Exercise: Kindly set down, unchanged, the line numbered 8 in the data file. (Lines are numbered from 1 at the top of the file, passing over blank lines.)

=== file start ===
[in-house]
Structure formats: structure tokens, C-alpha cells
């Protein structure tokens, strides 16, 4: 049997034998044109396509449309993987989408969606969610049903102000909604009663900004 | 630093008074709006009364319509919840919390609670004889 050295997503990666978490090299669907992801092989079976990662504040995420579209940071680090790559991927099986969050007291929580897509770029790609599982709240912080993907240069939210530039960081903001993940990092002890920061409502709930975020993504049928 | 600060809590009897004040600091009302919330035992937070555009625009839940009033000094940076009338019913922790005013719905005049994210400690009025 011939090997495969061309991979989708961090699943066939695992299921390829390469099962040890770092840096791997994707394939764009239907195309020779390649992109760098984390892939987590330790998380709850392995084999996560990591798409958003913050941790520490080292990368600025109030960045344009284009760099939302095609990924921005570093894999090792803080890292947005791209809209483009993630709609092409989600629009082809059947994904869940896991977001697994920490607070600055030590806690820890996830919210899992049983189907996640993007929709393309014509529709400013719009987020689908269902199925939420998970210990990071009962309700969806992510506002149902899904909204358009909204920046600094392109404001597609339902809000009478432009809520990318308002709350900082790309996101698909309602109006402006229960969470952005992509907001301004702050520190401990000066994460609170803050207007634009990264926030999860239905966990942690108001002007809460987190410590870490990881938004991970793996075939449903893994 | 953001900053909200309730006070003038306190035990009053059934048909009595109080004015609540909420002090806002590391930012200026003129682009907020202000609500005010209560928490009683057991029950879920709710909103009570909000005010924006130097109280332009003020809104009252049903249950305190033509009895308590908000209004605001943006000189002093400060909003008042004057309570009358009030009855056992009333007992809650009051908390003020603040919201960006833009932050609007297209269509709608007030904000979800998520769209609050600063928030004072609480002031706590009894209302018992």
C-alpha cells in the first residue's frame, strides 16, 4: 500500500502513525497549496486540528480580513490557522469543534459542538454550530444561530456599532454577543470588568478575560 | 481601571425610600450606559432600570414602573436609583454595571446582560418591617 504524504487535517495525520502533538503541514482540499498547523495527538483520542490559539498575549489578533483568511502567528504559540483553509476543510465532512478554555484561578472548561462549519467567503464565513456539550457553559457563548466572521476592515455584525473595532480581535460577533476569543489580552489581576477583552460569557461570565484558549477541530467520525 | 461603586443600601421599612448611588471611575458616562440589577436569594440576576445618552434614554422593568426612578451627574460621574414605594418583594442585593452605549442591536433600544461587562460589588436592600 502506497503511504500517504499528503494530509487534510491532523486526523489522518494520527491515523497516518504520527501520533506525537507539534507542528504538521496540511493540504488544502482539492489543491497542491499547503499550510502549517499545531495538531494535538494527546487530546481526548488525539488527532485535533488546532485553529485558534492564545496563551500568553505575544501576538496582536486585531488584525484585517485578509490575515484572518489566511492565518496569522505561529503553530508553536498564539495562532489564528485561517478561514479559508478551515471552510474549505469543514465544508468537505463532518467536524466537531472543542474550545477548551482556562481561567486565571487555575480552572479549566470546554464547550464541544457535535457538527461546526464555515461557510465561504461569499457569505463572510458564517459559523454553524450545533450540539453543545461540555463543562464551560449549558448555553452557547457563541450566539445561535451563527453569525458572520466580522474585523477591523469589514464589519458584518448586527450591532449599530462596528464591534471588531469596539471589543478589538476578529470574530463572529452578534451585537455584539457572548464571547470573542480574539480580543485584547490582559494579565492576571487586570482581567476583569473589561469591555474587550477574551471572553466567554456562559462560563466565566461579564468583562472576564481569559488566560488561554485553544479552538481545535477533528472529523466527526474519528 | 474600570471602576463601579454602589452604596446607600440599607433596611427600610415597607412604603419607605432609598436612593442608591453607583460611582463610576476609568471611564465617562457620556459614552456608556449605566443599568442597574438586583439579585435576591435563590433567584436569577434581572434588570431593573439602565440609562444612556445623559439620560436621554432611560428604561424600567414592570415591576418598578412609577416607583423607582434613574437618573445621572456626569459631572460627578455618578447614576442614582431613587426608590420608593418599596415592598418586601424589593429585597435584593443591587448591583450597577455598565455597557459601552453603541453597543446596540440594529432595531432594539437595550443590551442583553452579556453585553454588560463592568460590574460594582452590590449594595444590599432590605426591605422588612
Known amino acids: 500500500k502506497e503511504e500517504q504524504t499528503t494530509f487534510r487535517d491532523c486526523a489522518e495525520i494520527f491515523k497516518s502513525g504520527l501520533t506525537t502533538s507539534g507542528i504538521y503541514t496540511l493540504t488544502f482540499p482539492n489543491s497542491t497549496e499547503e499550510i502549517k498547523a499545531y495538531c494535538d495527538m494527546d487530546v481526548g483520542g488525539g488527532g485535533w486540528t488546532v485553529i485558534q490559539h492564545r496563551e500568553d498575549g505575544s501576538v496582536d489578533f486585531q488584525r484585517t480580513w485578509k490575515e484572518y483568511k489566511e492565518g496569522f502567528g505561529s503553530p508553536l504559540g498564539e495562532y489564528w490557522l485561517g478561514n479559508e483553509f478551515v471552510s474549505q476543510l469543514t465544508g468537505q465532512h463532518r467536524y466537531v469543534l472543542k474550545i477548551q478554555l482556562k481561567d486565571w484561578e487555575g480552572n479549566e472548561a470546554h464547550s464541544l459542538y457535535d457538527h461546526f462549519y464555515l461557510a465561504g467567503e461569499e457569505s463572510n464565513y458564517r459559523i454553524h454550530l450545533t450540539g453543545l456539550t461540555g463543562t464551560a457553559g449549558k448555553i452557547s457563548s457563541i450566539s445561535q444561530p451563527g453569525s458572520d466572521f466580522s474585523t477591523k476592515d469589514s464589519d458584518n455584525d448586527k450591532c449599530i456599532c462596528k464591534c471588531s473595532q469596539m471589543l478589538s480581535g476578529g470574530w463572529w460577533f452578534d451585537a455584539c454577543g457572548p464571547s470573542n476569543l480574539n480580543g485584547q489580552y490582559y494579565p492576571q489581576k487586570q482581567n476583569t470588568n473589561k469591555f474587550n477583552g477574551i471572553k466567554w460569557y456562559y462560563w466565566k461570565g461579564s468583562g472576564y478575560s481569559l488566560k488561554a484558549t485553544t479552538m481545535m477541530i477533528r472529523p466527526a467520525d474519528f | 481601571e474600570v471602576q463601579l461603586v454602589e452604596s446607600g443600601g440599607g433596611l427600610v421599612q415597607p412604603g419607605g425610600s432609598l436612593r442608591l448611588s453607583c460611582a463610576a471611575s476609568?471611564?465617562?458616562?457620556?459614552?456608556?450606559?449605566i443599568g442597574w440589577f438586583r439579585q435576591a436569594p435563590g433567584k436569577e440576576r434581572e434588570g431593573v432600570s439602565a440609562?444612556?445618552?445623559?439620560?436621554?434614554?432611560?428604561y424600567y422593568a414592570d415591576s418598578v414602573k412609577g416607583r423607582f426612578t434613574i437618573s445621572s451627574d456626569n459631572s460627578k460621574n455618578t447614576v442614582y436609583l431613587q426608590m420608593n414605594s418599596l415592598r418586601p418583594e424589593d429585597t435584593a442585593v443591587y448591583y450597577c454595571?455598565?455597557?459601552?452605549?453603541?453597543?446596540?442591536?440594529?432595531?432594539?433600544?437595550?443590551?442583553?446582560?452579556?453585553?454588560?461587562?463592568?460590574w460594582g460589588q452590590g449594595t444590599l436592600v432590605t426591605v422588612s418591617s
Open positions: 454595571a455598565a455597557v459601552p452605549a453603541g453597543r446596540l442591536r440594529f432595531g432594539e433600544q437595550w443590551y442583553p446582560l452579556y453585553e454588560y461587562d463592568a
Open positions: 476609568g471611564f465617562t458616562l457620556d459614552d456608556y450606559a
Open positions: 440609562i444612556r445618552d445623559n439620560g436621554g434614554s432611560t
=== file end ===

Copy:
Open positions: 440609562i444612556r445618552d445623559n439620560g436621554g434614554s432611560t